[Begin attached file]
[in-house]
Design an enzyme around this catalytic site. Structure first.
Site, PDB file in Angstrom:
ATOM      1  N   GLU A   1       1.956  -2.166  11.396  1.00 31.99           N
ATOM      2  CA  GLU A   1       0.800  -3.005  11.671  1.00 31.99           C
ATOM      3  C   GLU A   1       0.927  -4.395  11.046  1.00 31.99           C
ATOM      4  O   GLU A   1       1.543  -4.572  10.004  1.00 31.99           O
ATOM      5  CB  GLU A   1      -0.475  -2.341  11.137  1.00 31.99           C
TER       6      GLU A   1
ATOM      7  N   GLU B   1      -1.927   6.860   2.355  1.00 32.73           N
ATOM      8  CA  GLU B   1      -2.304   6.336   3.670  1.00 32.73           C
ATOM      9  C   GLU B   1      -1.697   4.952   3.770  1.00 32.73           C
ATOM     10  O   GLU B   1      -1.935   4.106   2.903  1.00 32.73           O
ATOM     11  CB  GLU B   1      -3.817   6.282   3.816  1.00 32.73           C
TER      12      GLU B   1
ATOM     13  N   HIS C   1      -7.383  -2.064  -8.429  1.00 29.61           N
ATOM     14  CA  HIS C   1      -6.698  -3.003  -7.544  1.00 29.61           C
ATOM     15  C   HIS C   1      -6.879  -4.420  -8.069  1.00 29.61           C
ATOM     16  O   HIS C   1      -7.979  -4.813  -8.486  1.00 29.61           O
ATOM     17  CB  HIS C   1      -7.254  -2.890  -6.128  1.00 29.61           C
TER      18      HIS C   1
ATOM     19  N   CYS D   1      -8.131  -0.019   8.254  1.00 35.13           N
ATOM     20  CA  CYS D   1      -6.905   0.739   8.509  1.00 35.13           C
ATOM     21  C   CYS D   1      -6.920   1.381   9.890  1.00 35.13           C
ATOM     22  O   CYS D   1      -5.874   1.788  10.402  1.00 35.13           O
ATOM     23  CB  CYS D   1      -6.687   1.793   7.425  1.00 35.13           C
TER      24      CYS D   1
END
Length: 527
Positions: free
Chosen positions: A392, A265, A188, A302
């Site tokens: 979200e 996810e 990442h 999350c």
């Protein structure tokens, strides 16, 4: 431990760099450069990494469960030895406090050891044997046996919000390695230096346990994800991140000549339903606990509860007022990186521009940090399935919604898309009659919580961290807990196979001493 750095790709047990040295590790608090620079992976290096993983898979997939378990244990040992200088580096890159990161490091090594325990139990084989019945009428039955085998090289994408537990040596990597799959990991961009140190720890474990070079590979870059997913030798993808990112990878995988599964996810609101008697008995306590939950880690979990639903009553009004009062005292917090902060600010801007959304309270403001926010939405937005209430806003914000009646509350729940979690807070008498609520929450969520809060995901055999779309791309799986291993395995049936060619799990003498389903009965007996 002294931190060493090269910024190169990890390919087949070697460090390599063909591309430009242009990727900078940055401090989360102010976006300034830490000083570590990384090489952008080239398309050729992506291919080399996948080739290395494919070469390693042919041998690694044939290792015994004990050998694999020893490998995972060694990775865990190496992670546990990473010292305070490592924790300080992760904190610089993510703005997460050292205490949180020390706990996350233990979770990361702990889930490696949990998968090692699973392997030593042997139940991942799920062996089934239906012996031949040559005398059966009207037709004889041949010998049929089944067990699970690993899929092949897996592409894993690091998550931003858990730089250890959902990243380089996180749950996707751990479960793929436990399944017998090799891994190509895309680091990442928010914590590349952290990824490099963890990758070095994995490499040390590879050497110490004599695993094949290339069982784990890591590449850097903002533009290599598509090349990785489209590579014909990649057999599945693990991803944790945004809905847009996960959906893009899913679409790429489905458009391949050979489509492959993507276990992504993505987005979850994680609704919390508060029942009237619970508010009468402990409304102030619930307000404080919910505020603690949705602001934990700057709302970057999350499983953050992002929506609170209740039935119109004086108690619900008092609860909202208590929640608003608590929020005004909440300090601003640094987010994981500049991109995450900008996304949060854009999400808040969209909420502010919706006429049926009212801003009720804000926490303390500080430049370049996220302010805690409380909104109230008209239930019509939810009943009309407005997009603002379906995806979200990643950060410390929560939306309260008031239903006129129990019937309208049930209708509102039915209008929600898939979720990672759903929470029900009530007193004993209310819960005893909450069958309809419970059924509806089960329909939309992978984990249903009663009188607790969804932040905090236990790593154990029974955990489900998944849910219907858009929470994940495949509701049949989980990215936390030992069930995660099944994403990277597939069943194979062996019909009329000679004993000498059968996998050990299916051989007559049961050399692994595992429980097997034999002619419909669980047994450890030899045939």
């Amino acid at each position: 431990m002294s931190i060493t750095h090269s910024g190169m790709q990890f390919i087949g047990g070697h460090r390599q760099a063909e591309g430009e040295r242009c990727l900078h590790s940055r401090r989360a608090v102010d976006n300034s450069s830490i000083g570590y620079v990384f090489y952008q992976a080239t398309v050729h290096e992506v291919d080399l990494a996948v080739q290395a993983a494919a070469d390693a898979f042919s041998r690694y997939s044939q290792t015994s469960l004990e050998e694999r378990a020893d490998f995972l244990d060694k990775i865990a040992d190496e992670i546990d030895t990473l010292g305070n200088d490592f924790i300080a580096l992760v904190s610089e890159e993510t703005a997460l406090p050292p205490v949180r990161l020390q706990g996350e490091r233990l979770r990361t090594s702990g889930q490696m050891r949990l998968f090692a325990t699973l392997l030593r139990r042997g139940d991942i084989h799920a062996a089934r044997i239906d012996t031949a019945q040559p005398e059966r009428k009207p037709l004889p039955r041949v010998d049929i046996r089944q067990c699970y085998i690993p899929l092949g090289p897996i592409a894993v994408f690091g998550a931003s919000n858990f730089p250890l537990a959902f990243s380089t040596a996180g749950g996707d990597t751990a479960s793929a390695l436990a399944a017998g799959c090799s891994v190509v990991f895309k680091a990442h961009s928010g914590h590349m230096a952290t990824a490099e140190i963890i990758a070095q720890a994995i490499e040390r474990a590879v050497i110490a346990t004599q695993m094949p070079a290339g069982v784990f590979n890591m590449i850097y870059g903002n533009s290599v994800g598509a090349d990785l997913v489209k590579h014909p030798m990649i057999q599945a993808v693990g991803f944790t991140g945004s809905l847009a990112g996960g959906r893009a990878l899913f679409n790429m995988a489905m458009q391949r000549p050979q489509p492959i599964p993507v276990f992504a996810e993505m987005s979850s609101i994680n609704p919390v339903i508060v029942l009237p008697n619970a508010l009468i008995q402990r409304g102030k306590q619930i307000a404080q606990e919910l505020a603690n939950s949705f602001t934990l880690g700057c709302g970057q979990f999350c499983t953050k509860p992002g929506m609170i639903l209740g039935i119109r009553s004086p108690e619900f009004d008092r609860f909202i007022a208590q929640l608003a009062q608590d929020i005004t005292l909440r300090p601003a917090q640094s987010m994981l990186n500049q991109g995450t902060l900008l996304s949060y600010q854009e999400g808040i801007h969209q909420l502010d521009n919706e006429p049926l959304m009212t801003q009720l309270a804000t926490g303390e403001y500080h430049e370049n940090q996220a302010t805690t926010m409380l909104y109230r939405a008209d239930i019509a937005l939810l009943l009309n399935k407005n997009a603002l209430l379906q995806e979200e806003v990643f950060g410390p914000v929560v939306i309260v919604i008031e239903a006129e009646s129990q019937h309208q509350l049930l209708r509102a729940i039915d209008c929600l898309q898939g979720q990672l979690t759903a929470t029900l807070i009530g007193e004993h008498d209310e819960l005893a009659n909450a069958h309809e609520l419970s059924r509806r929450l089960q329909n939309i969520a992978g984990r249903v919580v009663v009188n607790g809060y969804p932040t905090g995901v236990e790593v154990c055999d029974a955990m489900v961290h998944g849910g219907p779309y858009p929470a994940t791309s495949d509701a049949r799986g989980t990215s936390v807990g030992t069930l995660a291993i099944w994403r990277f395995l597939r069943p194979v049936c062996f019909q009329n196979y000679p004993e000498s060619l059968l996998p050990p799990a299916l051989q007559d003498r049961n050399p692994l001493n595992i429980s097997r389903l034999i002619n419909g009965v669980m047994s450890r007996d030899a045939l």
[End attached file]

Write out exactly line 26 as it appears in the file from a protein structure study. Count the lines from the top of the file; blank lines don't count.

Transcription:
ATOM     23  CB  CYS D   1      -6.687   1.793   7.425  1.00 35.13           C